These nine essays are largely concerned with the theory of meaning and references semantics. At the same time adjacent portions of philosophy and logic are discussed. To the existence of what objects may a given scientific theory be said to be committed? And what considerations may suitably guide us in accepting or revising such ontological commitments? These are among the questions dealt with in this book, particular attention being devoted to the role of abstract entities in mathematics. There is speculation on the mechanism whereby objects of one sort or another come to be posited, a process in which the notion of identity plays an important part."
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Professor Quine's challenging and original views are here for the first time presented as a unity. The chief merit of the book is the heart-searching from which it arose and to which it will give rise. In vigour, conciseness, and clarity, it is characteristic of its author.From the Back Cover:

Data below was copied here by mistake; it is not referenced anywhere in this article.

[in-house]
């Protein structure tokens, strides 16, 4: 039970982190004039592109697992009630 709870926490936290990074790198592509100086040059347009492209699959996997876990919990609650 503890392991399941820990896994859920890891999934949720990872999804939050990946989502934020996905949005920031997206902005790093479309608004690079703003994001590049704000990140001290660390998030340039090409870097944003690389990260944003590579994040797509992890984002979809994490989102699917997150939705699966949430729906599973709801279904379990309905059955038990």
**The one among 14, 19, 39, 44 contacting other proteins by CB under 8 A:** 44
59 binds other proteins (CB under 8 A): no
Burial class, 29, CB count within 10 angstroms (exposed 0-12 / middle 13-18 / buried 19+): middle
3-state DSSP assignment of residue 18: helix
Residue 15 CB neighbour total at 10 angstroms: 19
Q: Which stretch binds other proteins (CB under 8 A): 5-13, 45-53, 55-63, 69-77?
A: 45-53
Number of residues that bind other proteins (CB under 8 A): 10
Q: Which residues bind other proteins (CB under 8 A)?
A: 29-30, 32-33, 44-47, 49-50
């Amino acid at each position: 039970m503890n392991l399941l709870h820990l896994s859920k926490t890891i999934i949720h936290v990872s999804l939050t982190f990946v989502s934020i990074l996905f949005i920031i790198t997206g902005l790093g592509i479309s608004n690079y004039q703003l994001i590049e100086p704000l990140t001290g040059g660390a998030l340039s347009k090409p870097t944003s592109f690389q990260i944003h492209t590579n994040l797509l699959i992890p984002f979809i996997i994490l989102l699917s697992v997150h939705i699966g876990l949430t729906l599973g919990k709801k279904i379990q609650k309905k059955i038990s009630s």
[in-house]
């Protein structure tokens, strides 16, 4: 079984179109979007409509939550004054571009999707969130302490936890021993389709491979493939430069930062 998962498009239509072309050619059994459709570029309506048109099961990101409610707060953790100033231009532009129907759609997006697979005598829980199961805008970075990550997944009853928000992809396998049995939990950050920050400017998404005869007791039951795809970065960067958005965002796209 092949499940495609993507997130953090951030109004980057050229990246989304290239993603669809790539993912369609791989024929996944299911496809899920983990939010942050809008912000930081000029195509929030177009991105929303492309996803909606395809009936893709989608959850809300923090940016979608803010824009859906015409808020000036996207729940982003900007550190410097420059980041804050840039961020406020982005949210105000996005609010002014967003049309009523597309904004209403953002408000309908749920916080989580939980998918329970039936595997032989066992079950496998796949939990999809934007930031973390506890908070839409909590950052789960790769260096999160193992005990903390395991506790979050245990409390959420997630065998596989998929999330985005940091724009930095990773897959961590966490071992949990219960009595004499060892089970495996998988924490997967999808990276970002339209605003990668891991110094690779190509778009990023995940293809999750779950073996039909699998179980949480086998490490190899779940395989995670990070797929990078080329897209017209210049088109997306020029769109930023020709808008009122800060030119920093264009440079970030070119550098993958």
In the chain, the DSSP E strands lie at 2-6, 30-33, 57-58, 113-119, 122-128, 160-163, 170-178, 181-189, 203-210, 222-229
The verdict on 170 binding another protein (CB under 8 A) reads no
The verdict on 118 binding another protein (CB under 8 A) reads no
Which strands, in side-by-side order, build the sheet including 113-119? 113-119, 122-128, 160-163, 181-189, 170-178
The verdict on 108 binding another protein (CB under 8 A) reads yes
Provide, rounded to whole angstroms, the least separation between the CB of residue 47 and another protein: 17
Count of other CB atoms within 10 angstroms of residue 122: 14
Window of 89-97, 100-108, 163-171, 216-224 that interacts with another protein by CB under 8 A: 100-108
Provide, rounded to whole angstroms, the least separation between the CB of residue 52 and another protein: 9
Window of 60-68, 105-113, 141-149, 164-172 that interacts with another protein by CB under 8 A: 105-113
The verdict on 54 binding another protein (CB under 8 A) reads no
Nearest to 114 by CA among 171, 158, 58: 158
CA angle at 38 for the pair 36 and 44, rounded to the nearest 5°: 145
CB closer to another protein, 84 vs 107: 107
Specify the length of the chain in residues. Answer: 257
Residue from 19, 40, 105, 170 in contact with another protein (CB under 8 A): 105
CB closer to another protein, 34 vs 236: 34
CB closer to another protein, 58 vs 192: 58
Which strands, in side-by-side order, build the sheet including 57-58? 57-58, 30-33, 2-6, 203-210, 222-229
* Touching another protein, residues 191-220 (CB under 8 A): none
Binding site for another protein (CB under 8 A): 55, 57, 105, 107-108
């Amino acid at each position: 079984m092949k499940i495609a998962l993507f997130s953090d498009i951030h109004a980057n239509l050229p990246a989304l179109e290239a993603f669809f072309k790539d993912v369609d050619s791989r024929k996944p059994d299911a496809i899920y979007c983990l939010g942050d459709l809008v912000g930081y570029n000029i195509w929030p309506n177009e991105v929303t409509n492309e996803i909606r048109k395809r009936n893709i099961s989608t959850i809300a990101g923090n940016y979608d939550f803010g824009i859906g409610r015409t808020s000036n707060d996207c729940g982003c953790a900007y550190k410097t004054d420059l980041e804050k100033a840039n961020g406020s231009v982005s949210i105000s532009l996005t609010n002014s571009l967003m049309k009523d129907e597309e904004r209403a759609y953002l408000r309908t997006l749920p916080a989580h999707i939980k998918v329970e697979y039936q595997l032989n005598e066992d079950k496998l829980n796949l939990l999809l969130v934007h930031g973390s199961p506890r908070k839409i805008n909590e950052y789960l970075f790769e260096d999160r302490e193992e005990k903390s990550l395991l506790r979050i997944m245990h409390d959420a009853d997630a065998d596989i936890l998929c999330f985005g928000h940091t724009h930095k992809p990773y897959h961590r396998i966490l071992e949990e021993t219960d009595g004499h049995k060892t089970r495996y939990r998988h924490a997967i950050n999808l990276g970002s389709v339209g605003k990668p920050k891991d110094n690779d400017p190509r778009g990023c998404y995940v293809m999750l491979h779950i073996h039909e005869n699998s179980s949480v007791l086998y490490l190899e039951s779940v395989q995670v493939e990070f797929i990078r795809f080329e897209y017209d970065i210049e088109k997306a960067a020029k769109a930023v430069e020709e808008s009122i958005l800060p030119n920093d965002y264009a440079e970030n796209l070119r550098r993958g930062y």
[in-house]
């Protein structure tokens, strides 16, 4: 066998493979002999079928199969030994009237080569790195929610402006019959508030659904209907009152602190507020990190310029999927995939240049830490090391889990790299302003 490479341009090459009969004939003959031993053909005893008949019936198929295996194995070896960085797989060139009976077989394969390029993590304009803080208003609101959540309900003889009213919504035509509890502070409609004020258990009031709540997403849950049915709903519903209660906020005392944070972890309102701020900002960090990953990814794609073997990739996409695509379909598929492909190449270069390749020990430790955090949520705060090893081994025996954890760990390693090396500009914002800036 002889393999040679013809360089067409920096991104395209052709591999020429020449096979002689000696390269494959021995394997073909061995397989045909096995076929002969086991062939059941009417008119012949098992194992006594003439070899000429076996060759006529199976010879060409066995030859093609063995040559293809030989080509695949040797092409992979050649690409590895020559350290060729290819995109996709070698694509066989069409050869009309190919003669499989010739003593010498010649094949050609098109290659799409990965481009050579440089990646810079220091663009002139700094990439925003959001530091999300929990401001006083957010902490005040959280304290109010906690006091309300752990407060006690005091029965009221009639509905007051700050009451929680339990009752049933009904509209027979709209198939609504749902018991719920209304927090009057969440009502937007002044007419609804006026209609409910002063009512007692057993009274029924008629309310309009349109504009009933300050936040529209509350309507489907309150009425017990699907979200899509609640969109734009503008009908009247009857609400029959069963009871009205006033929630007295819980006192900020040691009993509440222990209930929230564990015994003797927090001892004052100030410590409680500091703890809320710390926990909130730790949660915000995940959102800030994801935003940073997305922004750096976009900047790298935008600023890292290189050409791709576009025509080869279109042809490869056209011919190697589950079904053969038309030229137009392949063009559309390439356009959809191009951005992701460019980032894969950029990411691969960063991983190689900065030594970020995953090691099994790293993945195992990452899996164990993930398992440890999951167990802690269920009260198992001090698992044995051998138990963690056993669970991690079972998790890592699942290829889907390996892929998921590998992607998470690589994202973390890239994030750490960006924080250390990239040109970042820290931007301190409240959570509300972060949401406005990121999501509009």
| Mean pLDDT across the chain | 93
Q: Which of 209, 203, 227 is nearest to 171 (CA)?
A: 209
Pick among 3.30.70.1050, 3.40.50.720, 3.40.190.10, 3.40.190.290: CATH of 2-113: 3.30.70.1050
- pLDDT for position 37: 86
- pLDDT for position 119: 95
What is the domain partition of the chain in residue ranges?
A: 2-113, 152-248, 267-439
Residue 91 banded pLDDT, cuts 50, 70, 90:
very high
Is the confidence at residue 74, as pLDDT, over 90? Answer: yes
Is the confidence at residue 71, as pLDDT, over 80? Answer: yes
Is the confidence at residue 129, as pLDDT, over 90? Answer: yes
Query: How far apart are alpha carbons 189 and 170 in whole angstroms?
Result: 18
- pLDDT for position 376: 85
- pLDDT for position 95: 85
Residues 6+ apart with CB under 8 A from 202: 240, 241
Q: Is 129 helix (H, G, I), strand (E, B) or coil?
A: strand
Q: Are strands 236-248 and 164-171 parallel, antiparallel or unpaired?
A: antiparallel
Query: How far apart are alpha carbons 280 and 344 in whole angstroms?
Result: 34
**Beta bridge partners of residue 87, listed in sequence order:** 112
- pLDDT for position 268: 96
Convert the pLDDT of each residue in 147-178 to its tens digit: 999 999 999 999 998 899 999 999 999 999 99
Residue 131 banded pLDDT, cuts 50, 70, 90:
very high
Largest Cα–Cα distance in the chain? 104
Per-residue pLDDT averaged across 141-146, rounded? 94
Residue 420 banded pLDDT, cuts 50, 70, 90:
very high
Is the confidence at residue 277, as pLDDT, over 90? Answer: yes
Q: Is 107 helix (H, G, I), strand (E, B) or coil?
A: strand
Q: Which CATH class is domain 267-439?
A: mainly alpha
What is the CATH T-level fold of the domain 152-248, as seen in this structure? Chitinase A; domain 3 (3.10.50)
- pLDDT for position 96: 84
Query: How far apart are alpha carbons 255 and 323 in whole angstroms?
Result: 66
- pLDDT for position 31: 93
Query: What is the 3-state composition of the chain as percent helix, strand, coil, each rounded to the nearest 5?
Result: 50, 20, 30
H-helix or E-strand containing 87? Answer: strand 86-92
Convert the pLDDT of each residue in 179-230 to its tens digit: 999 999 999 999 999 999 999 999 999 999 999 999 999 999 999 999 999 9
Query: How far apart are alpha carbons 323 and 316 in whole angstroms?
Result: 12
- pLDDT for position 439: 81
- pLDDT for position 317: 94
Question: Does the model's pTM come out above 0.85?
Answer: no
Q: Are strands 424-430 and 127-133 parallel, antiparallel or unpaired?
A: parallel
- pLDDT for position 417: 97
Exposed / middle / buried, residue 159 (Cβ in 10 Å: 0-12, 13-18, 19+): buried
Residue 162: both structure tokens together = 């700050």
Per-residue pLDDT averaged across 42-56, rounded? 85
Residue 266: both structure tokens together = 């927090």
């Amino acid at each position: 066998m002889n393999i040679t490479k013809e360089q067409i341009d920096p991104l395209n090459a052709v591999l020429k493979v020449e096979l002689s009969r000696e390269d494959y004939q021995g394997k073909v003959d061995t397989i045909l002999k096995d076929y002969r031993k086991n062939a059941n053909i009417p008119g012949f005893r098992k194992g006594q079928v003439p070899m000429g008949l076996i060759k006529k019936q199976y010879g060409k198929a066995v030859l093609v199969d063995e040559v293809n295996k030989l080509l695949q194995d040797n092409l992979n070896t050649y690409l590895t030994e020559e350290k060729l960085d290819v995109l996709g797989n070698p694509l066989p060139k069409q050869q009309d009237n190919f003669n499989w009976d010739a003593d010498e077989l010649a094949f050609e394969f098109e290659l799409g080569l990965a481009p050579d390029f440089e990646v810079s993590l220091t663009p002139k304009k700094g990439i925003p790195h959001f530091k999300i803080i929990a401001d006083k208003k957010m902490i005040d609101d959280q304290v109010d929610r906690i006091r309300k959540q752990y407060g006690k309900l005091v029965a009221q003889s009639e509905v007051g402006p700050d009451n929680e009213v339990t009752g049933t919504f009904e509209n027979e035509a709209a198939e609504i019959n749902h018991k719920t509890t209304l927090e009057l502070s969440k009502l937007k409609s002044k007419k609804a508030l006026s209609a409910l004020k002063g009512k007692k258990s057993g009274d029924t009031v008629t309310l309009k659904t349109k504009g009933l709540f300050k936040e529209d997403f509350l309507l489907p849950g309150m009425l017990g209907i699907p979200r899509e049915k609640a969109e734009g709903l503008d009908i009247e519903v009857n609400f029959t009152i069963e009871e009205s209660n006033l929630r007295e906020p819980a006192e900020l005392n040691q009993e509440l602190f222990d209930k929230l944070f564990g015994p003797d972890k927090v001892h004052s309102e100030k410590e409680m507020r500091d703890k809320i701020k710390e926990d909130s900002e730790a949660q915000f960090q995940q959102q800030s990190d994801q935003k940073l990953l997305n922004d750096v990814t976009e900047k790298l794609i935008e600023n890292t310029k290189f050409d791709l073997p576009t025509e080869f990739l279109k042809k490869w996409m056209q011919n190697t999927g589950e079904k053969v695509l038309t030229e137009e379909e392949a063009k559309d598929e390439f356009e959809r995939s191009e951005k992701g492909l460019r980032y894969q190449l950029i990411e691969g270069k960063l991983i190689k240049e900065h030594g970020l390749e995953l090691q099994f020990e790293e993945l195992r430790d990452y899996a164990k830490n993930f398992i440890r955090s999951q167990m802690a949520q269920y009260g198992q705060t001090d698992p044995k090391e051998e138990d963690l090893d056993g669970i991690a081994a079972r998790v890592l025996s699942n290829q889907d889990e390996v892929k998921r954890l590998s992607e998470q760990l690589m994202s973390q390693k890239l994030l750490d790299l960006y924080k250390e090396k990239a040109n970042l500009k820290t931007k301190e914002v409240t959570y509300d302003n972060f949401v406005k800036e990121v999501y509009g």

Several of these essays have been printed whole in journals; others are in varying degrees new. Two main themes run through them. One is the problem of meaning, particularly as involved in the notion of an analytic statement. The other is the notion of ontological, commitment, particularly as involved in the problem of universals.
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Book Description Harper Torchbooks, 1963. Paperback. Book Condition: New. Bookseller Inventory # P110061305669
Book Description Harper Torchbooks, 1963. Paperback. Book Condition: New. book. Bookseller Inventory # 61305669
Book Description Book Condition: Brand New. Book Condition: Brand New. Bookseller Inventory # 97800613056651.0